RNA extraction and real-time RT-PCR. Total RNA from cultured cells and surgically obtained tumor tissues was extracted using Trizol reagent according to the manufacturer’s instruction. The extracted RNA was pretreated with RNAase-free DNase, and 2 μg RNA from each sample was used for cDNA synthesis primed with random hexamers. cDNAs were amplified and quantified in ABI Prism 7500 Sequence Detection System (Applied Biosystems, Foster City, CA, USA). Real-time RT-PCR primers and probes were designed with the assistance of the Primer Express version 2.0 software (Applied BioSystems). Sequences of the primers were: pescadillo, 5′-ATCCGAGAGGCCAACAAGCT-3′ (forward); pescadillo, 5′-TCAGACCTCACCGCCTCA TC-3′ (reverse); pescadillo probe, 5′-(FAM)AGAAG CGGAAAGCC (TAMRA)-3′; GAPDH, 5′-GACTCATGACCACAGTC CATGC-3′ (forward); GAPDH, 5′-AGAGGCAGGGATGATGTTCTG-3′ (reverse); GAPDH probe, 5′-(FAM)CATCAC TGCCACCCAGAAGACTGT G(TAMRA)-3′. Expression data were normalized to the geometric mean of housekeeping gene GAPDH to control the variability in expression levels and calculated as
where CT represents the threshold cycle for each transcript.
Western blotting. Western blotting was performed as described previously,(26) using anti-pescadillo (Bethyl Laboratories, Montgomery, TX, USA); anti-p-Akt (ser473), anti-Akt, anti-p-GSK-3β (ser9), anti-GSK-3β, anti-p-Rb(ser608), anti-p27 (Cell Signaling Technology, Danvers, MA, USA); anti-cyclin D1 (Becton Dickinson, Franklin Lakes, NJ, USA); anti-cyclin A2, anti-B1 (Epitomics, Burlingame, CA, USA); and anti-Rb (Santa Cruz Biotechnology, Santa Cruz, CA, USA) as primary antibodies. The membranes were stripped and re-probed with an anti-α-tubulin monoclonal antibody (Sigma, St Louis, MO, USA) as a loading control.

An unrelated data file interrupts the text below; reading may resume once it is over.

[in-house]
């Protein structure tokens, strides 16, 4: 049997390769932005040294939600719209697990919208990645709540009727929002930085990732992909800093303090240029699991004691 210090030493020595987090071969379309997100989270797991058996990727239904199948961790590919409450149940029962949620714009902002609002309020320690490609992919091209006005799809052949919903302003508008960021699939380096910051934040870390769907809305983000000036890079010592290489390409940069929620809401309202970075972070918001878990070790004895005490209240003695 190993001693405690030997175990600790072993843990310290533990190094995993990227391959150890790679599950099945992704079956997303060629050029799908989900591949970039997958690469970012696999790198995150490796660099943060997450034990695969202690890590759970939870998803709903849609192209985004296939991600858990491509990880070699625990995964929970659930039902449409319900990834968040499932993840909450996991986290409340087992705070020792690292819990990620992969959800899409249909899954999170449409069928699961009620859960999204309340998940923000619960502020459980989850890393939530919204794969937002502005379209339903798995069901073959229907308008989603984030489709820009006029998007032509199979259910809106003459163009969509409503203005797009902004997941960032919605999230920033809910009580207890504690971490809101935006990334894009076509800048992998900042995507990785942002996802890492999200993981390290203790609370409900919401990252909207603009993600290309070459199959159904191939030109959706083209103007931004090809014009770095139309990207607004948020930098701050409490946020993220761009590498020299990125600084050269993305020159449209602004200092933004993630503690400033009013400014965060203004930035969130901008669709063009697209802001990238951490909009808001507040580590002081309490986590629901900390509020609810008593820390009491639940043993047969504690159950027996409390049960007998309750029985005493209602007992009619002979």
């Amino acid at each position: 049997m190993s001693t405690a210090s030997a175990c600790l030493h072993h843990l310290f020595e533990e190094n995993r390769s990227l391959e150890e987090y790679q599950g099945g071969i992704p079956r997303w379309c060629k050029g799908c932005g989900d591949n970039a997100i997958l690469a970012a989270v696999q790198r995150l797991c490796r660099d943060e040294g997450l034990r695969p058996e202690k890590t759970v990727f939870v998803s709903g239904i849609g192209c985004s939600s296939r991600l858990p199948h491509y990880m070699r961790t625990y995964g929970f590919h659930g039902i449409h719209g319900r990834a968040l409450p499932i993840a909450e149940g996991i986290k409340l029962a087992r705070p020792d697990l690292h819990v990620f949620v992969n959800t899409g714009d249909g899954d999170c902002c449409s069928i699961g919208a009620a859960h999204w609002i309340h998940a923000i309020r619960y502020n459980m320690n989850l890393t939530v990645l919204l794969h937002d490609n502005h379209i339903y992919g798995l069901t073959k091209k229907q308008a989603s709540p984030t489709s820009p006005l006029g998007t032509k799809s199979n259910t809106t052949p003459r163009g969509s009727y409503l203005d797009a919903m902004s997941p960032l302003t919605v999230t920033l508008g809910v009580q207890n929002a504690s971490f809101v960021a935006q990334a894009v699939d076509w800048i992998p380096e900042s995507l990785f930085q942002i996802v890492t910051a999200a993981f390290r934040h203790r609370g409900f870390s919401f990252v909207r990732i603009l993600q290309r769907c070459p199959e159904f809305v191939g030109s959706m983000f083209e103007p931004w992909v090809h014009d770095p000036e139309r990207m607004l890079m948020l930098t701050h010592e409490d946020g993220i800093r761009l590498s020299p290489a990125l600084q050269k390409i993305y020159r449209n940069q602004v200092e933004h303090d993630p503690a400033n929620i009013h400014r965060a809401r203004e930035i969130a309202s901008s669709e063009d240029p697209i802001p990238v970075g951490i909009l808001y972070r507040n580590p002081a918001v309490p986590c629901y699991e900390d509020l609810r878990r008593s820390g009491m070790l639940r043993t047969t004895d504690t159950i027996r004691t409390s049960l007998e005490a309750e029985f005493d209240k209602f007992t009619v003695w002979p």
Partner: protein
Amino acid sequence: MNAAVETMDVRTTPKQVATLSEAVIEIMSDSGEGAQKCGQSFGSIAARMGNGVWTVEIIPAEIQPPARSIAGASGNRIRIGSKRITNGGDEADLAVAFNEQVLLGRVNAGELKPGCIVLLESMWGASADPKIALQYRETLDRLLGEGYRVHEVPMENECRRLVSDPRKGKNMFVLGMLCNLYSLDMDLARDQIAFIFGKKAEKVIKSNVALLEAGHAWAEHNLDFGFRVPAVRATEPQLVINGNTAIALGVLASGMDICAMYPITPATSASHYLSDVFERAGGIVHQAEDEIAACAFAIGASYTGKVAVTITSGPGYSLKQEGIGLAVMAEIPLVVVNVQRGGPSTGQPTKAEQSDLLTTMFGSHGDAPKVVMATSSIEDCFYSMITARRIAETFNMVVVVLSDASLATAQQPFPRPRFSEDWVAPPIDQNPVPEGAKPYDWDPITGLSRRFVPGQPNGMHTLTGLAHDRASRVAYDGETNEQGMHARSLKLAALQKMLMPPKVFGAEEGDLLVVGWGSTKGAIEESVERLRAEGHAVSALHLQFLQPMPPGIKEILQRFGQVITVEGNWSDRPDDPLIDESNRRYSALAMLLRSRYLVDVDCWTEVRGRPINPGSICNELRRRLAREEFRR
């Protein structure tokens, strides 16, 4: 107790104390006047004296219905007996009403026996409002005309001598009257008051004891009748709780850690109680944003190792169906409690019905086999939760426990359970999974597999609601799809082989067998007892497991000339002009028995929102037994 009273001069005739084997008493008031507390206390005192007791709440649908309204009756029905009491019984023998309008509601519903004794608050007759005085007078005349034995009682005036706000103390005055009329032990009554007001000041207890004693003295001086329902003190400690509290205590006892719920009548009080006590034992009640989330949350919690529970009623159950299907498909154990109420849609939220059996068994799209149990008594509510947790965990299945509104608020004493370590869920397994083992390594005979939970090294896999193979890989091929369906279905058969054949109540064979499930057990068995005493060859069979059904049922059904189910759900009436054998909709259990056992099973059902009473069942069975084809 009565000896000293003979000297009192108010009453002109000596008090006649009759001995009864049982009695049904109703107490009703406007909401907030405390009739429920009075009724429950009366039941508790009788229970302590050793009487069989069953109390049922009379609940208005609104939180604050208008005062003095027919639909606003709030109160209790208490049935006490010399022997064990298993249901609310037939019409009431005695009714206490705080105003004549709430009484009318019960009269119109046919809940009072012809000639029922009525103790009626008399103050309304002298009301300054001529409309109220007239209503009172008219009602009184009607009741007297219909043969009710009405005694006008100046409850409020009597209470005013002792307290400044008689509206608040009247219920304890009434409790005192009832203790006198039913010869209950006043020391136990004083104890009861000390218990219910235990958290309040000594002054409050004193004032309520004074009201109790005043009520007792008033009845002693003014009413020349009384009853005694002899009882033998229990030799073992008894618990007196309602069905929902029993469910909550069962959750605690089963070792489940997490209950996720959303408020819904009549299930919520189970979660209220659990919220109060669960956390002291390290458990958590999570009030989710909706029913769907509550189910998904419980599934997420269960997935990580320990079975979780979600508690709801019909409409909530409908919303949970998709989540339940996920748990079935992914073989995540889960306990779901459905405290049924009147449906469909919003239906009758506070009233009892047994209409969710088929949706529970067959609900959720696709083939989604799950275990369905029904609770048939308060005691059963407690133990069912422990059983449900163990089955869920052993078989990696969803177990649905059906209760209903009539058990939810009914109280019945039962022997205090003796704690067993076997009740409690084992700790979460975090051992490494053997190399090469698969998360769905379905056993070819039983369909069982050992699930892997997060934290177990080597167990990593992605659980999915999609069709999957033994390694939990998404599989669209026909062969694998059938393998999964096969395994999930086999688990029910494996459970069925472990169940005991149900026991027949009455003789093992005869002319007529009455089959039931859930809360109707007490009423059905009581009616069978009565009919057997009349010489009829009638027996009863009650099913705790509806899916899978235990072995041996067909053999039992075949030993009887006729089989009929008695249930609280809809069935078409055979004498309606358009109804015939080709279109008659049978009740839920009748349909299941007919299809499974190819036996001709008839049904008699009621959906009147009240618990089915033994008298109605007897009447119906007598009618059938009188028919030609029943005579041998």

Immunohistochemical (IHC) analysis. IHC analysis was performed to study altered protein expression in five normal breast tissues and 92 human breast cancer tissues using rabbit anti-pescadillo antibody (1:250; Bethyl Laboratories). The IHC procedure was performed using previously described methods.(26) For negative controls, the rabbit anti-pescadillo antibody was replaced with normal goat serum, or the anti-pescadillo antibody was blocked with a recombinant pescadillo polypeptide by co-incubation at 4°C overnight preceding the immunohistochemical staining procedure.